Chipley v. Morrell, 228 N.C. 240 (1947)

Nov. 26, 1947 · Supreme Court of North Carolina
228 N.C. 240


(Filed 26 November, 1947.)

Brokers § 13: Contracts § 19—

A real estate broker may maintain an action against the purchaser for alleged wrongful breach of the contract of sale even though the contract stipulates that the seller agrees to pay the commission and there is no contractual relationship between the broker and the purchaser, since the broker has a beneficial interest in the contract to the extent of his commissions.

Appeal by plaintiffs from Edmundson, Special Judge, at 6 October, 1947, Extra Term, of MeckleNbueg.

Civil action to recover of defendant D. L. Morrell $625 as broker’s commission under contract for sale of certain real estate, to defendant Mrs. Pota Lampros, and of defendant Mrs. Pota Lampros $625 as damages for breach of contract to purchase said real estate from defendant D. L. Morrell, and to declare same a lien upon the $1,000 earnest money paid by defendant Mrs. Pota Lampros, heard upon demurrer to complaint entered by defendant Mrs. Pota Lampros.

This action relates to the same contract of sale and purchase of real estate that is involved in and as set out in Lampros v. Chipley, ante, 236.

In connection therewith, plaintiffs here allege in their complaint substantially these facts: That, acting under an exclusive agency given to them by D. L. Morrell, they caused to be executed on 24 May, 1946, a valid and binding contract for the sale by defendant D. L. Morrell to defendant Mrs. Pota Lampros of a certain house and lot known as 428 Hermitage Court in the city of Charlotte, North Carolina, at price of $12,500, — with deposit of $1,000 as a binder, and providing that “the seller agrees to pay the Chipley Bealty Company a fee of 5% or $625 Dollars when sale is closed”; that on 25 May, 1946, plaintiffs caused to be prepared, executed and acknowledged a deed from D. L. Morrell and his wife to defendant Lampros, which they tendered to defendant Lam-pros ; that she refused to accept the deed, and pay the balance of pur*241chase price and carry out said contract of 24 May, 1946; that at times therein mentioned defendant Lampros was financially able to purchase said property and perform said contract; that on 16 August, 1946, defendant Morrell sold said property to others than defendant Lampros; that for and on account of services rendered as therein set out defendant D. L. Morrell is indebted to plaintiffs in the sum of $625 for commissions; that defendant, Mrs. Pota Lampros, willfully and wrongfully breached said contract of 24 May, 1946, and thereby damaged plaintiffs in the sum of $625; that plaintiffs are entitled to a lien upon the earnest money of $1,000, referred to in said contract, for the satisfaction of any judgment rendered herein in favor of them; and that the said $1,000 has been deposited with Clerk of Superior Court of Mecklenburg County, N. C., and is subject to the orders of the court in this action.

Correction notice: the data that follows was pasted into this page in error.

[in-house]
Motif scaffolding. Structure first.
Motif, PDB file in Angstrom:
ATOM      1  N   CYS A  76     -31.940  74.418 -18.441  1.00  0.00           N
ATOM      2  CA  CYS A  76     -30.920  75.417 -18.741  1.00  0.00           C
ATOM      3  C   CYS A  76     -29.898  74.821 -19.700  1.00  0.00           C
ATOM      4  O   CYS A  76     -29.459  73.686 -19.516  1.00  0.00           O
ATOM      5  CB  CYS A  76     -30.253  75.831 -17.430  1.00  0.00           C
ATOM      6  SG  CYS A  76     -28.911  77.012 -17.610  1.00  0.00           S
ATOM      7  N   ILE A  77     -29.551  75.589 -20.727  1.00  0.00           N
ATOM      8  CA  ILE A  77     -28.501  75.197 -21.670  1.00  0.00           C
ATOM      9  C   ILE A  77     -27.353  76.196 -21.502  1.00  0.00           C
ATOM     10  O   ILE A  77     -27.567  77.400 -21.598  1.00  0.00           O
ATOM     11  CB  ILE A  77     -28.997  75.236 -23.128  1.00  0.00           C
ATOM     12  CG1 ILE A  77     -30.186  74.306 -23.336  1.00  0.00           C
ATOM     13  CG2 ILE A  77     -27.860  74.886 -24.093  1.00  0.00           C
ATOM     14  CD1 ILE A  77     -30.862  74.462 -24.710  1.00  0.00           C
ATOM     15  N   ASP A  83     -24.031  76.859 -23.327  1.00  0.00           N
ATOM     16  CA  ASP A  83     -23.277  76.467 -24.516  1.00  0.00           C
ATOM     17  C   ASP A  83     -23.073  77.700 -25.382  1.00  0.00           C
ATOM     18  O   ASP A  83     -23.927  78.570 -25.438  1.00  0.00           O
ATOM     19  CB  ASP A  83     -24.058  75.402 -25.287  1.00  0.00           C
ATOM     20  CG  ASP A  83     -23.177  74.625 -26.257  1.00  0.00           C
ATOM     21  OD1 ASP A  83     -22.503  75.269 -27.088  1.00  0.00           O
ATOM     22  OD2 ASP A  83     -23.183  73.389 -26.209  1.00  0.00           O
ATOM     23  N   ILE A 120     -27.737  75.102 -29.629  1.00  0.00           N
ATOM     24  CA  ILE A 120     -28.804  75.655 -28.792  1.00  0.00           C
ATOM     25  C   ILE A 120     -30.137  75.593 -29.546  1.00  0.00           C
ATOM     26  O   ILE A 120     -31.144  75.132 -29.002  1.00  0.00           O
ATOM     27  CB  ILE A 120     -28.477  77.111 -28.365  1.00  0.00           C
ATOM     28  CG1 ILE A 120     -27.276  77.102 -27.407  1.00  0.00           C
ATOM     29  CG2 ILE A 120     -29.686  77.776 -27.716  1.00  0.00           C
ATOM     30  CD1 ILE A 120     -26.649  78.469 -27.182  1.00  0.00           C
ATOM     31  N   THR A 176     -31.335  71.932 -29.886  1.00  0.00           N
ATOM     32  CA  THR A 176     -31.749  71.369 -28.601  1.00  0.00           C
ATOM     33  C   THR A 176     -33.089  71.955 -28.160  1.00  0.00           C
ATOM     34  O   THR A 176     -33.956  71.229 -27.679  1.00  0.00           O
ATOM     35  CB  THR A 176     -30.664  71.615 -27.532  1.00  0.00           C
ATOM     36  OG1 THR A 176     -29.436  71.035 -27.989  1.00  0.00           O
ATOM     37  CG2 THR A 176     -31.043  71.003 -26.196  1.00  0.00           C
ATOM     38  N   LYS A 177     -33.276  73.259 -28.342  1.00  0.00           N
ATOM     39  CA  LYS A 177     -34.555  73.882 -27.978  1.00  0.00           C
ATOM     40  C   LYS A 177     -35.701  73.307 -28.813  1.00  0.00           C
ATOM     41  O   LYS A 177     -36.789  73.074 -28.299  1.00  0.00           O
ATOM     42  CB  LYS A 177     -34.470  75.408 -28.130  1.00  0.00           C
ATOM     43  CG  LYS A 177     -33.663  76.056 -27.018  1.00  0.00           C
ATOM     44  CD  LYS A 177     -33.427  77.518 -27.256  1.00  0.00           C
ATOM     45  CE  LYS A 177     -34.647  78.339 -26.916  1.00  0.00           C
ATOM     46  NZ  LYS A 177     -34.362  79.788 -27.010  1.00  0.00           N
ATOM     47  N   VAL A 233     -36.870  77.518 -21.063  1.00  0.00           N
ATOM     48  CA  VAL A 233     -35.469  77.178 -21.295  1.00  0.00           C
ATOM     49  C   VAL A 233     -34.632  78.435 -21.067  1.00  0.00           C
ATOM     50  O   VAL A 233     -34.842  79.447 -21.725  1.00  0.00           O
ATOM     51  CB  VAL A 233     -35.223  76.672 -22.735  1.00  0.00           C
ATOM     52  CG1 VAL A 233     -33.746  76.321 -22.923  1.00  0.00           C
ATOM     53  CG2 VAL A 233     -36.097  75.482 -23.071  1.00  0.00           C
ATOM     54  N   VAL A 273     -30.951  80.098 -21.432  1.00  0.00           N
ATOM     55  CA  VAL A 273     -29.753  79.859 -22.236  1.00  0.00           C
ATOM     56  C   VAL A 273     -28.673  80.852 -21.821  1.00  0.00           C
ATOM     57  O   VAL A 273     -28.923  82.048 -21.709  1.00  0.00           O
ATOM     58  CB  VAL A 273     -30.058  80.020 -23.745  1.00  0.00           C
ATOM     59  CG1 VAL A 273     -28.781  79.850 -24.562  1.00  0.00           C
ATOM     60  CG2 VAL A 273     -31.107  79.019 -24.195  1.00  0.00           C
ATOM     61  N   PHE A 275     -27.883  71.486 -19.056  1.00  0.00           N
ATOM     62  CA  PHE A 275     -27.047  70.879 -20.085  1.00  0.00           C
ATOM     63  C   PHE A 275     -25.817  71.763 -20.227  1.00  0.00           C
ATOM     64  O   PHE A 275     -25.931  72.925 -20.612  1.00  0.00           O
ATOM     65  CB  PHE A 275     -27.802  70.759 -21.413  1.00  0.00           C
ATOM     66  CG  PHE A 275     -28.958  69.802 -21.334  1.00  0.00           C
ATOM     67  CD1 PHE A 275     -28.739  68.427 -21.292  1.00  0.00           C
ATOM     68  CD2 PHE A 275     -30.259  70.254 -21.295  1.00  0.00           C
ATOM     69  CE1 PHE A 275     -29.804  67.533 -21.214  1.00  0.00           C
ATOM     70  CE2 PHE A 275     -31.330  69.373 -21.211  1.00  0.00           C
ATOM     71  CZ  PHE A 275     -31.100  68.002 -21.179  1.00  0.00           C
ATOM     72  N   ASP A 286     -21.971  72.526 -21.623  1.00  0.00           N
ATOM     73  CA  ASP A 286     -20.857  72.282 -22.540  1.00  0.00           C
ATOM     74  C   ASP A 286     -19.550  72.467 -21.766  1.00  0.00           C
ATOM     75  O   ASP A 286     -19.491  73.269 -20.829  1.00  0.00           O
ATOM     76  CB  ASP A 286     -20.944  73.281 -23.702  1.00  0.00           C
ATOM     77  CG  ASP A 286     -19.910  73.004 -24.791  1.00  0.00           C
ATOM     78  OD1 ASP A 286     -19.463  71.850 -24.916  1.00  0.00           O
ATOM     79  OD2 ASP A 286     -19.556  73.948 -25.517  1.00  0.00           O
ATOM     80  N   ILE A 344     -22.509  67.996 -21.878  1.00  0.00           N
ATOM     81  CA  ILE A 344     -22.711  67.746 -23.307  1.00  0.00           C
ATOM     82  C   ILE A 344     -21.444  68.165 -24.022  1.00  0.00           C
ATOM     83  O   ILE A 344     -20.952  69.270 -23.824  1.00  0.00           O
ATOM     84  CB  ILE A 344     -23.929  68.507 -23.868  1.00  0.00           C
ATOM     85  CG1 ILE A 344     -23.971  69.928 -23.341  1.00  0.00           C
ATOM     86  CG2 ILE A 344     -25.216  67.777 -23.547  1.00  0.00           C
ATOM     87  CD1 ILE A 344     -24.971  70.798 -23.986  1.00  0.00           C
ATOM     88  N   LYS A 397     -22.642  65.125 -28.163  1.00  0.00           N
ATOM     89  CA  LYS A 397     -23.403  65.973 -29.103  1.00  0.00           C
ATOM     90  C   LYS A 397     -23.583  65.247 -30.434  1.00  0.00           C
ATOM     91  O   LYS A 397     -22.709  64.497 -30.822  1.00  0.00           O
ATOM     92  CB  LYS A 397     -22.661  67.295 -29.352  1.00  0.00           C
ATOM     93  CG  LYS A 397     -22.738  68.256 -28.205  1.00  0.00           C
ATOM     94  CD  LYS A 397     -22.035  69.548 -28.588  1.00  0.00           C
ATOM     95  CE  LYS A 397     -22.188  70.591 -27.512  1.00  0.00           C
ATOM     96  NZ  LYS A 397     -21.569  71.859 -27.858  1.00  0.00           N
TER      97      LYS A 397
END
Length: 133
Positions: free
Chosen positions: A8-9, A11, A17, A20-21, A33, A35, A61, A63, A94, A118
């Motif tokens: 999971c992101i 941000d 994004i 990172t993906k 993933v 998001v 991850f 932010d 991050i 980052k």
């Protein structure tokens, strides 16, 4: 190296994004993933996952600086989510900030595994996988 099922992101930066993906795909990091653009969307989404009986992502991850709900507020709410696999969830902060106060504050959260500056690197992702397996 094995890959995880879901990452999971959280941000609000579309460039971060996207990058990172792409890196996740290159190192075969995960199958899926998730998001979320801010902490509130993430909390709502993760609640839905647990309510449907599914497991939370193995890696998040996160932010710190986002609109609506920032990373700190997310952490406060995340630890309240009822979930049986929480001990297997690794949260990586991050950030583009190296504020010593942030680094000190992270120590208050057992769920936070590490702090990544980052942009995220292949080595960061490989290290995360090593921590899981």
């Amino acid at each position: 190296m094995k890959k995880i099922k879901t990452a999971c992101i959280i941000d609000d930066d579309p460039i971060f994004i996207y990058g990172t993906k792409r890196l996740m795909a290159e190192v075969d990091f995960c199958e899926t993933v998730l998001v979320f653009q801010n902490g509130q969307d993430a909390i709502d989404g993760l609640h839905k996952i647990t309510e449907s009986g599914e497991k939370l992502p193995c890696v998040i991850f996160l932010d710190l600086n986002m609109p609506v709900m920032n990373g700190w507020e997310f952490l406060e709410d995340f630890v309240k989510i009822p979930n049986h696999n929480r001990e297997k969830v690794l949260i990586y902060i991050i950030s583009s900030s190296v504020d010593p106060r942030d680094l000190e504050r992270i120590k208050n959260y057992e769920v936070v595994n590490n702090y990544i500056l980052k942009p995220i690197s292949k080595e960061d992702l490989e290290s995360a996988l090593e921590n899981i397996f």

Defendant, Mrs. Pota Lampros, demurred to the complaint, on the ground that same does not allege a cause of action against her in that: (A) Under the allegations of the complaint, plaintiffs had no contract whatever with her, and if they have been damaged at all, it has been by defendant D. L. Morrell, and not by her. (B) The contract relied upon by plaintiffs, which is incorporated into the complaint by reference specifically states, “The seller agrees to pay the Chipley Eealty Company a fee of five per cent of $625 when sale is closed,” and thus the sole party obligated to pay any commissions to the plaintiffs in the transaction alleged is defendant, D. L. Morrell.

Upon hearing of demurrer, the court, being of opinion that same should be sustained, accordingly entered judgment .to that effect.

Plaintiffs appeal therefrom to Supreme Court and assign error.

J ones & Small for plaintiffs, appellants.

McDougle, Ervin, Fairley & Horade for defendant, appellee.


The challenge to the sufficiency of the allegations of the complaint on the ground upon which demurrer is based cannot be sustained.

While plaintiffs are not parties to the contract between defendants, they are beneficiaries under it to the extent of their commissions. And if the contract was not carried out by reason of wrongful act of feme defendant, plaintiffs would have a cause of action against her for recovery of damages.

It is well settled that where a contract between parties is made for the benefit of a third party, the latter is entitled to maintain an action for its breach. Boone v. Boone, 217 N. C., 722, 9 S. E. (2d), 383. See also Gorrell v. Water Supply Co., 124 N. C., 328, 32 S. E., 720; Parlier v. Miller, 186 N. C., 501, 119 S. E., 898; Land Bank v. Assurance Co., 188 *242N. C., 747, 125 S. E., 631; Thayer v. Thayer, 189 N. C., 502, 127 S. E., 553. See also Ins. Co. v. Sladiem, 223 N. C., 49, 25 S. E. (2d), 202.

While it is true the interest of the plaintiffs in the subject contract may be incidental rather than basic, or secondary rather than primary, nevertheless it specifically provides for their commissions, and we think the principle just stated applicable to the extent of their interest therein. Jones v. Realty Co., 226 N. C., 303, 37 S. E. (2d), 906.

We make no intimation as to what the facts are. Yet most likely the controversy will be solved, on all sides, by the finding of the jury as to the issue of fraud raised in Lampros v. Chipley, ante, 236.

The order below sustaining the demurrer is